Getting that festive feeling when evidence “pops out at you” during a forensic investigation

I enjoyed seeing the article in last Saturday’s paper about using the remote images from aerial and mapping techniques to investigate archeological sites – techniques like Google Earth, LIDAR and old maps. (Ref. 1) The images from these methods have existed for a while but are now being combined in new ways. I’ve used the images separately in the forensic investigation of failures and accidents in the built environment.

The article is a good, informative, almost jargon-free read that might herald what’s coming in forensic investigation.

The difference today is that an archeologist, Dr. Jonathan Fowler, Saint Mary’s University, Halifax is using software to combine the remote images from different methods to get a 3D view and even more data from a site. Data “pops out at you” to use Dr. Fowler’s expression. The software is produced by Golden Software in Colorado.

Example of Dr. Fowler’s work

A good example in the article of Jonathan’s work is certain to interest you. It shows different remote images of historic Fort Anne and Fortress Louisbourg in Nova Scotia.

The images are remote because they’re from cameras and sensing devices that are high above a site – a little like the images from video cameras mounted on drones that are flying low over a site.

Jonathan’s recent work has been made possible by the Nova Scotia government releasing in 2020 great volumes of free LIDAR data; “…it just felt like Christmas to me.” (Ref. 1) The data is available to the man-in-the-street for most of Nova Scotia.

Examples of forensic work using remote images

#1 I had that festive feeling when the government gave me LIDAR imagery for the site of a swimming pool failure in Cape Breton several years ago. I was investigating the reason one end of the swimming pool was several inches lower than the other. You could see the difference in the distance from the pool deck to the water’s surface. The cause popped out from the imagery: The swimming pool was built on filled ground over a bog – compressible foundation soils in the extreme.

#2 A few months ago Google Earth imagery enabled me to virtually visually assess the cause of a retaining wall failure in Ottawa and contribute to a big reduction in the cost of the wall’s rebuilding.

#3 Free software that relies on Google Earth imagery enables me to plan video of the site of a failure or accident from a virtual drone flight over the site days before and hours of driving away. This has been a godsend for me in my forensic work – a more effective investigation at lower cost.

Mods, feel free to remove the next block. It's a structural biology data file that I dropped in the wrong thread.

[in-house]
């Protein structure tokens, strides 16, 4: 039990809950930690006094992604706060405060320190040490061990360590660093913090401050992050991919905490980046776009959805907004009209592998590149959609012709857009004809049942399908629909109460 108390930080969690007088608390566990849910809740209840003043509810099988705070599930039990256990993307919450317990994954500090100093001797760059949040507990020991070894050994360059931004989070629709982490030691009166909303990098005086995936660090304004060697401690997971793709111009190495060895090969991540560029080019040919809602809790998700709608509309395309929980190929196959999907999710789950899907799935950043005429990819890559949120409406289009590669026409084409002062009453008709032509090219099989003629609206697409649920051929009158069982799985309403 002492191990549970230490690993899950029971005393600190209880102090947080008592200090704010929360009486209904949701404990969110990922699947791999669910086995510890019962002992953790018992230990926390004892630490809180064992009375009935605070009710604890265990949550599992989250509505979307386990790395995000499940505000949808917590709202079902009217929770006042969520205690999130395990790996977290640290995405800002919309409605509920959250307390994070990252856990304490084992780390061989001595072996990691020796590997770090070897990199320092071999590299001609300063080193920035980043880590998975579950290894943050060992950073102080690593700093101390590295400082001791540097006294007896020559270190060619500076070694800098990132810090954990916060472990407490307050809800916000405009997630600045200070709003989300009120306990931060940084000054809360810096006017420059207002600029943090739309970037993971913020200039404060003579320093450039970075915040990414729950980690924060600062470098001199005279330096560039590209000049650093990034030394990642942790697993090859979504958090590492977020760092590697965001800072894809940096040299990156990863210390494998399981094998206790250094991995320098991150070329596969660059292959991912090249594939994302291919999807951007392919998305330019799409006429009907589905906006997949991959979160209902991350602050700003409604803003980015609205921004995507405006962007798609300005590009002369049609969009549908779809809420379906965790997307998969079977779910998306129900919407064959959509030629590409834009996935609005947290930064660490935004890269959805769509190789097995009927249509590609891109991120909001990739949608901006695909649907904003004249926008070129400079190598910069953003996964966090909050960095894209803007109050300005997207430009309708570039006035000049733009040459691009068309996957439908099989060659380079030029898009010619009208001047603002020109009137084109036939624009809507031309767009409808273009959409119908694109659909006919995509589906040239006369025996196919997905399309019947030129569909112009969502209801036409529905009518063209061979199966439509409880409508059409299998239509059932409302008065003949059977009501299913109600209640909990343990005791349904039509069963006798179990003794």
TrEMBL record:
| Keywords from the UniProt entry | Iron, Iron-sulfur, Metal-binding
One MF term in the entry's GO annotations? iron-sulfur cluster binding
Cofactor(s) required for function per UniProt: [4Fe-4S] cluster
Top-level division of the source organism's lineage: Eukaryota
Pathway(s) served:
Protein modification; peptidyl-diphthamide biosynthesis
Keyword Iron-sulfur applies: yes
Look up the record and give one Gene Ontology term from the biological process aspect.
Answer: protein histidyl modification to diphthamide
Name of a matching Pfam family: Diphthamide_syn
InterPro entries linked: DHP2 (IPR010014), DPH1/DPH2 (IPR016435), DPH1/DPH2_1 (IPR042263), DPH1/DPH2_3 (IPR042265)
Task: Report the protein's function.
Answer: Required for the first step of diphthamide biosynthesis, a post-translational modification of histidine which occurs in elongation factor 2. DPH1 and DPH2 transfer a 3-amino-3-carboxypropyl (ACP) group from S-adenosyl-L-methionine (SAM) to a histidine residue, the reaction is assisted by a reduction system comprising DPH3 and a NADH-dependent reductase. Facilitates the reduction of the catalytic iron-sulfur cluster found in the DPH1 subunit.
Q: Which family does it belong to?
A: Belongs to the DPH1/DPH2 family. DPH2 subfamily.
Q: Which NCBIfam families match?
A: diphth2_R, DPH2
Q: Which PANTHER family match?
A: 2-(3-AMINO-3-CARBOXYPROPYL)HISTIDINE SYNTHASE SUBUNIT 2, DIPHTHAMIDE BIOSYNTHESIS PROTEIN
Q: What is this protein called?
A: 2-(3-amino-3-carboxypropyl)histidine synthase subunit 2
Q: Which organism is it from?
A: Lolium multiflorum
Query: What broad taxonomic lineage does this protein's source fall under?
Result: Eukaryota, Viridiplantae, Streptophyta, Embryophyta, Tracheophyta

#4 In the past we used what are old maps today: Large scale, contoured, topographic maps of built up areas made from aerial photographs taken from planes flying at 6,000 feet. They can be quite detailed and accurate. We would be remiss not to refer to them today, and couple them with Google Earth and LIDAR imagery like Jonathan is doing. Even older maps exist today of sites like Fort Anne and Fortress Louisbourg.

#5 I’ve also used stereo pairs of aerial photographs to assess the terrain at a forensic site – terrain analysis in engineering. Details of micro-topography revealed in an analysis often give evidence of features below the surface. (Ref. 1) It was a standard technique in an Australian firm where I worked when selecting a route for a highway in a remote area of Indonesia.


It just keeps getting better what archeologists and forensic engineers can get today from remote imagery and suitable software.

Still, ground proofing is needed – getting your hands dirty and mud on your boots walking around on the site. This to confirm what you thought you saw in the pictures and images from above. It’s an old technique and a hard and fast rule in engineering, as I’m certain too in archeology.


(LIDAR, or Light Detection and Ranging, uses pulsed laser to measure the earth’s surface)


  1. Archeologist Lauds Advances in Mapping, Peddle, Stuart, The Chronicle Herald, Halifax March 27, 2021

(Posted by Eric E. Jorden, M.Sc., P.Eng. Consulting Professional Engineer, Forensic Engineer, Geotechnology Ltd., Halifax, Nova Scotia, Canada, March 31, 2021   

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